Tuesday, April 29, 2014

The Helping Jar

I think I wrote a long time ago about our family change jar.  It is a "helping jar" and the change that is accrued is donated to a charity that we vote on as a family annually.  I'd love to have people think that teaching altruism to my children was my first goal. The sad reality is that this came about to stop the pouncing on pennies in parking lots and screaming "It's mine!  All mine!"  Which of course was answered by someone else saying that it was really theirs, they saw it first etc, etc.  Suffice it to say some very not pretty moments birthed the helping jar.

But from that evil primordial ooze, a great tradition evolved.  I have loved the fact that we enjoy watching the change mount up.  It is one of those jars that counts what you put in so that is helpful as it inspires  us all to see how much we can add.  I enjoy the debates that occur about who or what to help each year.  Everyone is pretty passionate about their ideas and there is a lot of good discussion/debate, despite the wide range of ages.

This year we ammassed $63.00 which is pretty impressive.  Actually it was probably enhanced because I hadn't had time to get the jar to the bank for counting until this past Saturday.  And while the charitable organizations names were going up on our dry erase board for consideration, a new and different idea floated by.

A friend of ours was looking for a micro-loan to replace an engine in his truck.  This young man is a smoke jumper out west, and the seasonal nature of his work makes it hard for him to get traditional financing. The micro-loan concept is something I have personally supported on www.kiva.com  I explained the idea to the kids, and we left the 4 choices on the dry erase board.  Several hours later I came into the kitchen for tea and found 4 different colored circles drawn next to William's name.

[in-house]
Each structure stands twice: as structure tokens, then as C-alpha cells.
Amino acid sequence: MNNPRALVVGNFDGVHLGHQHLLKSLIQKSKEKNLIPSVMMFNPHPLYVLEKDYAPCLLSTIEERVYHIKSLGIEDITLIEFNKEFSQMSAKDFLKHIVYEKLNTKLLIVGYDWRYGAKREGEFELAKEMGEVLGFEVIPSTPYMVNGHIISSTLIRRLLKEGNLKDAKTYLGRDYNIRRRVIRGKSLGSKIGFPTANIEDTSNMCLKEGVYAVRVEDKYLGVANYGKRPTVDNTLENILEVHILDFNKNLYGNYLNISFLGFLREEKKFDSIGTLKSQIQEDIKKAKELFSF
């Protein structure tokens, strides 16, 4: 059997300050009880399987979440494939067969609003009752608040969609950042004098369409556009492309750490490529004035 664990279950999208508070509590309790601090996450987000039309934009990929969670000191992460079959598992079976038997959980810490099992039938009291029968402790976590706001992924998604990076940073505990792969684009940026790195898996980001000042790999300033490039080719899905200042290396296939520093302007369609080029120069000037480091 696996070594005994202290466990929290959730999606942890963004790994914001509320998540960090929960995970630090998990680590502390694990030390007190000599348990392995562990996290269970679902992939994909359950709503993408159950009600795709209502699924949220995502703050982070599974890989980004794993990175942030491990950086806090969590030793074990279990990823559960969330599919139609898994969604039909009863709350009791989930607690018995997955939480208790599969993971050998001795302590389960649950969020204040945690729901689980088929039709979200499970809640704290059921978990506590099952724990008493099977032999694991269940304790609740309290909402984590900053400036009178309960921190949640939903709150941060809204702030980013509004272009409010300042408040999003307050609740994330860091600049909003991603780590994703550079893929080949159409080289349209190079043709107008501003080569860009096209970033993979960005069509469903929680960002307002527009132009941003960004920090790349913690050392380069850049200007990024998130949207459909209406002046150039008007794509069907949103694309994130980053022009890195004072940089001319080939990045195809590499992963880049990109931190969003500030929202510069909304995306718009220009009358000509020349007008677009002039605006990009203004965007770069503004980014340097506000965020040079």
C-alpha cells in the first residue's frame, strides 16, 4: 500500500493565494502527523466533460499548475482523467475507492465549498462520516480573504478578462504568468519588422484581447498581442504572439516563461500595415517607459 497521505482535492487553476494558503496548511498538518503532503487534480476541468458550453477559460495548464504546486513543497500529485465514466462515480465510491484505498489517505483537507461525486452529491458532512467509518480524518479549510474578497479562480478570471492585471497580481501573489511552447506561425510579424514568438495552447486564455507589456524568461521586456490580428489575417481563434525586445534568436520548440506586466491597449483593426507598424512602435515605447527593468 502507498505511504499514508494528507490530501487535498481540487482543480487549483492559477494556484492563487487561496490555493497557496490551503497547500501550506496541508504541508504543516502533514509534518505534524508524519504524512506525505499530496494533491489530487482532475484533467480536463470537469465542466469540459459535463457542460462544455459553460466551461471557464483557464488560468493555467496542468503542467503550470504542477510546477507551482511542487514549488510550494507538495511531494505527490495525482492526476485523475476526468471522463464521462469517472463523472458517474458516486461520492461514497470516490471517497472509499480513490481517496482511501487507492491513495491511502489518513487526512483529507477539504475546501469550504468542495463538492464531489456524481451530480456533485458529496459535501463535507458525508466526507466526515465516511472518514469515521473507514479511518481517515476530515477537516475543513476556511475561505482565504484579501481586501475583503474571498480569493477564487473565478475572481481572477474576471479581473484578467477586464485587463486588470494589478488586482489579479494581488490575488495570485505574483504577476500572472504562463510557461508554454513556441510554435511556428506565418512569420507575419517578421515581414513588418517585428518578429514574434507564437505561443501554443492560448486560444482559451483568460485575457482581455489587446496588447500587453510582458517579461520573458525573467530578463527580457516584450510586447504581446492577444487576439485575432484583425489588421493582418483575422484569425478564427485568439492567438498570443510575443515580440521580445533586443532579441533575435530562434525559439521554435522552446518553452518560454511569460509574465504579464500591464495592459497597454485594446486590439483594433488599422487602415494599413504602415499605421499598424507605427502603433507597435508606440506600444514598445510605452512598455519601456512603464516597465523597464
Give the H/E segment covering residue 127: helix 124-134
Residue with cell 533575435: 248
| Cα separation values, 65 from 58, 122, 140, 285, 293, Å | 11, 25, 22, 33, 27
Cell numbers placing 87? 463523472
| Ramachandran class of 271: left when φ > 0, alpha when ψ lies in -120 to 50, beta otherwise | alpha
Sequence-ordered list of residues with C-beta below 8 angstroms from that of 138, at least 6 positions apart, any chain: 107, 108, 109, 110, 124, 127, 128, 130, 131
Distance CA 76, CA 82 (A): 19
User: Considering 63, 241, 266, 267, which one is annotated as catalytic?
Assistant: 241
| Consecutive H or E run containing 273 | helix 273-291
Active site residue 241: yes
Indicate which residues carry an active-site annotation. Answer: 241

I liked that the kids were thoughtful about their choice and that they were willing to share their reasoning.  Several felt the fact that our money could do "double duty" going out to help someone else when this loan is repaid was a deciding factor.  (that person may also think that means if they find money it does not need to go in the helping jar but I am going to ignore that possibility for now!) Someone else voted for him because they decided that doing something as dangerous as smoke jumping should be supported.  Someone else voted because they think everyone should have a way to get to work.

I don't have a lot of spare money--even less with a young man going off to college in the fall. But I also believe that I can share a little, and that I can teach my kids to do this.  And I hope that William gets an engine for his truck and comes home safely from the fires he will fight.

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